The Bowfin went on nine patrols during WWII and is credited with threading her way through enemy mine fields in Tsushima Straight and using her torpedos to sink the 1,898-ton transport Shinyo Maru and the 887-ton freighter Akiura Maru.
Yes, I said mine fields. When you are inside the Bowfin realizing that 80 men had to live and work together inside there, it seems very small. But when you are looking at the outside of it, realizing that someone was trying to guide it through floating mines, it seems impossibly huge!
These pseudo rockets are there to greet you as you arrive. I'm not really sure what they are for. I could make a joke about the Navy painting it's name on something that screams "Size Matters!" But that would be inappropriate, I'm sure.
Kerry read this. I took a picture of it and will read it later, probably.
A park ranger swiped my camera from us and ordered us to go stand where she could take a group shot.
I liked her.
Those little things hanging around everyone's necks are for the audio tour. As you walk through the submarine you see signs with a red number or a blue number on them. If you are an adult, you type in the red number on your personal audio device and listen to a recording about what the area was used for. If you are a kid you type in the blue number and apparently listen to the same thing in a more kid friendly version. I'm not sure what theirs was like as they all passionately declined to use it despite repeated assurances on mine and Kerry's part that it was really interesting. Through many years of homeschooling, the kids have learned to be wary of anything that's supposed to be fun but sounds suspiciously like they might learn something.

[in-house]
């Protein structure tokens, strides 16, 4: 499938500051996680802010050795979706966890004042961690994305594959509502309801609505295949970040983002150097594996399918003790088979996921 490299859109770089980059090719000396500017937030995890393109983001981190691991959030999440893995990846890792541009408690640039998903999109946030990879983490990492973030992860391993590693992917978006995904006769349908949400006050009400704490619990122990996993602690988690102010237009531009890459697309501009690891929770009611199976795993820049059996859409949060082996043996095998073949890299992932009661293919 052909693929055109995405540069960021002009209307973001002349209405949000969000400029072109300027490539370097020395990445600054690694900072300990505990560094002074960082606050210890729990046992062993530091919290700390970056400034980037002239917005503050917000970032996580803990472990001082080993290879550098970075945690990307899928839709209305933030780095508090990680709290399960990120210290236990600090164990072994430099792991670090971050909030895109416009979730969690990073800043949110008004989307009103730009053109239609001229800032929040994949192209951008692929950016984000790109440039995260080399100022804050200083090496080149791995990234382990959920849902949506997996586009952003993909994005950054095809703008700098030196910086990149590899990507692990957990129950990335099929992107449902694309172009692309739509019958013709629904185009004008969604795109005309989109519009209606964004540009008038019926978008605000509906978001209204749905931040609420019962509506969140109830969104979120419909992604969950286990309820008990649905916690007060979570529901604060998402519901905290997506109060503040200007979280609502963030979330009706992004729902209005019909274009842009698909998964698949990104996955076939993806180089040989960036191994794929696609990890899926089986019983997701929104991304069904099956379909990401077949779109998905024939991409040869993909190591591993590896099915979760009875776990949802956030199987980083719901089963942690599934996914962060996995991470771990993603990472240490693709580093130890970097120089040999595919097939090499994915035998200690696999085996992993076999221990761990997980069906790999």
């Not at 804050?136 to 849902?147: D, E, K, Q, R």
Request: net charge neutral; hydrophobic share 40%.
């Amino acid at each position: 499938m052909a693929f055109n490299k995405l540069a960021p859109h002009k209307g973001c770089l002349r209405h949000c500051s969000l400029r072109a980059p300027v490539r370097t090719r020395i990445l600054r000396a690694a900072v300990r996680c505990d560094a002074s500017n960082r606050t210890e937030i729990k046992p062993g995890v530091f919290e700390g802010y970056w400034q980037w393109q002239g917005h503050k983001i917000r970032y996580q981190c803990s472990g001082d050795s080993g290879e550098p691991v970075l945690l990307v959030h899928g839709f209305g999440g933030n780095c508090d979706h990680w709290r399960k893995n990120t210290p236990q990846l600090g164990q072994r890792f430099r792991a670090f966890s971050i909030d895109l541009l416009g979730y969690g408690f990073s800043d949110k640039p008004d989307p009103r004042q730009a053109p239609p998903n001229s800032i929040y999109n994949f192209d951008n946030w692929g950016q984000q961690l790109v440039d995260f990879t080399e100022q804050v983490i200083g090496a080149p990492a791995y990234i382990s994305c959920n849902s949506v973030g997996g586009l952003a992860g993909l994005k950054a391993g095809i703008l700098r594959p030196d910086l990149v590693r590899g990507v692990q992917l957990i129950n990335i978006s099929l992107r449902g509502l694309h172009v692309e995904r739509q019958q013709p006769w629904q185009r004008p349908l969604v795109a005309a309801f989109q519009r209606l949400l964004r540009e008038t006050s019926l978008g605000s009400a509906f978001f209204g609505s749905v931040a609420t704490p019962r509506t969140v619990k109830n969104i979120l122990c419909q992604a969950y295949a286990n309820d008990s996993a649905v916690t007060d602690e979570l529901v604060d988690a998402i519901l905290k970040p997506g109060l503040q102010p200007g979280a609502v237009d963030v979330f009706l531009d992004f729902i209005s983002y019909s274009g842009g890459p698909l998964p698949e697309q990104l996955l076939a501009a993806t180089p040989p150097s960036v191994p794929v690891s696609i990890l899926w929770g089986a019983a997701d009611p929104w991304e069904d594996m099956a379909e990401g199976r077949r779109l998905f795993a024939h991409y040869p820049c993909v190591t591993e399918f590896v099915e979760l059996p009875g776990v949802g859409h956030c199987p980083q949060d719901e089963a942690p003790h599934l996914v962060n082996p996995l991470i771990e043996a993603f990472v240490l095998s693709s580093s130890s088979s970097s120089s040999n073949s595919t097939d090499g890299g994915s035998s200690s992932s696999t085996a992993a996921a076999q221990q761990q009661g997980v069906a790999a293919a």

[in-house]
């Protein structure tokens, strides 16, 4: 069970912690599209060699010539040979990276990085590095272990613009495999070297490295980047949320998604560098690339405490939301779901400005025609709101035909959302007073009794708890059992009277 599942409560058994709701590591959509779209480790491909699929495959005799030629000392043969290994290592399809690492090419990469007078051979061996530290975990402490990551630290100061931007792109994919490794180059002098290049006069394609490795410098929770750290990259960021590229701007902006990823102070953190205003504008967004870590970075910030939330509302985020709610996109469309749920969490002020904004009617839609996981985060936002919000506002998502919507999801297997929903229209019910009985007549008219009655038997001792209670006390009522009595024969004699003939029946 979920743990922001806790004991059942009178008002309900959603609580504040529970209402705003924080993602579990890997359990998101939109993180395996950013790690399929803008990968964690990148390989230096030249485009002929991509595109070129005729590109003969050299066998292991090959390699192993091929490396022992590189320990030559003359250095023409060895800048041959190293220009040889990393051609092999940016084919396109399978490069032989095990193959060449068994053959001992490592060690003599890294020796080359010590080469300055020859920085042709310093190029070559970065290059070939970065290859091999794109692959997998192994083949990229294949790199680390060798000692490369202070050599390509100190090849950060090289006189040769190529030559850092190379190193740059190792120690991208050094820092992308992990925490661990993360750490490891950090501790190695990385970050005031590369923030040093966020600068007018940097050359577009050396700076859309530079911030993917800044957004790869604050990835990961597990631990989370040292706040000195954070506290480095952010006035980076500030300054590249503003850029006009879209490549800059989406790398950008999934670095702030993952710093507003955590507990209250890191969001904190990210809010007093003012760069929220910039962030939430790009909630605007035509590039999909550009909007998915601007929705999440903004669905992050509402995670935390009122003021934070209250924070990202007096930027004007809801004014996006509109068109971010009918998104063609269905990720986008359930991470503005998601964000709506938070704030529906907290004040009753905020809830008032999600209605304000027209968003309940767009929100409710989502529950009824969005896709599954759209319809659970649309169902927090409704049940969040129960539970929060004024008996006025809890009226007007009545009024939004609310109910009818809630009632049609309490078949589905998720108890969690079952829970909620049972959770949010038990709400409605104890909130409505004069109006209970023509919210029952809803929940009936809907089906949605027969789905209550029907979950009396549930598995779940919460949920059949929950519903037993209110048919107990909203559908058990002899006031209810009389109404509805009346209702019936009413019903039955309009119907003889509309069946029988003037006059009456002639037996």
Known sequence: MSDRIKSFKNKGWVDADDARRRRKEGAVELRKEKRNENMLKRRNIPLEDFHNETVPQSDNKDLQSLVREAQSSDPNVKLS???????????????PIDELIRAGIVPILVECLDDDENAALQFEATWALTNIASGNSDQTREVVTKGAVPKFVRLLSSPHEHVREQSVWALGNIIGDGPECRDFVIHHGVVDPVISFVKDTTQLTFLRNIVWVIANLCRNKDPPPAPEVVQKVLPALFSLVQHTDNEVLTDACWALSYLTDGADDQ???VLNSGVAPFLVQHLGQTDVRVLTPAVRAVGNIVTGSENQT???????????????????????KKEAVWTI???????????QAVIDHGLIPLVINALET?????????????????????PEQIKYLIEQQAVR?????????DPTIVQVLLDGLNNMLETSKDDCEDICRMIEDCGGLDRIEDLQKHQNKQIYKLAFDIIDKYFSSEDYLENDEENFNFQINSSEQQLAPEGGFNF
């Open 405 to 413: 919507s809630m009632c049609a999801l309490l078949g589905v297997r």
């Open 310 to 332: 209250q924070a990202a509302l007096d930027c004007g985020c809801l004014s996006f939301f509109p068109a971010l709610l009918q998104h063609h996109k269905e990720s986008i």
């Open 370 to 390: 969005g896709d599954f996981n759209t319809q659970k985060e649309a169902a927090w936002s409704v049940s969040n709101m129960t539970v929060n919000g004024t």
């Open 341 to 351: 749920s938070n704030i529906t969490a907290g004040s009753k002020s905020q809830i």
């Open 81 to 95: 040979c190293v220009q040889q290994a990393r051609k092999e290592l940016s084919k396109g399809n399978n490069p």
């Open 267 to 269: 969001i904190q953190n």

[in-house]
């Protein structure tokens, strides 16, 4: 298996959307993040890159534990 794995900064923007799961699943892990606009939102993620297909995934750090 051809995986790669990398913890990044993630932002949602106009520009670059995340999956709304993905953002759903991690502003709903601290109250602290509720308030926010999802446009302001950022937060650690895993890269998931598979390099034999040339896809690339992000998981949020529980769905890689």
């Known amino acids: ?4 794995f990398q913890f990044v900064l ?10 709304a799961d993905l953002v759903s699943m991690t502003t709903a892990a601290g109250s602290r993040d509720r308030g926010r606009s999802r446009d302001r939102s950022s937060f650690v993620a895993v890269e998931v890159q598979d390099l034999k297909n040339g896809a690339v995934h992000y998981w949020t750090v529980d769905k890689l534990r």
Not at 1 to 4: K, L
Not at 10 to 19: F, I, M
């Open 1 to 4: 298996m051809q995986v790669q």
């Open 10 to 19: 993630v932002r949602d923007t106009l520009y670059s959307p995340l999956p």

The first thing we had to do was walk down this very narrow ledge to get to the other end of the sub. This made me nervous. I wasn't afraid that I would fall in.
While this often causes her to trip and fall (although not usually down the side of a submarine into the ocean) it often causes those around her to suddenly trip and fall also and has led to many a heated battle in our family about who has to walk in front of whom.
I don't know where he gets it.
"Take a picture!" they commanded.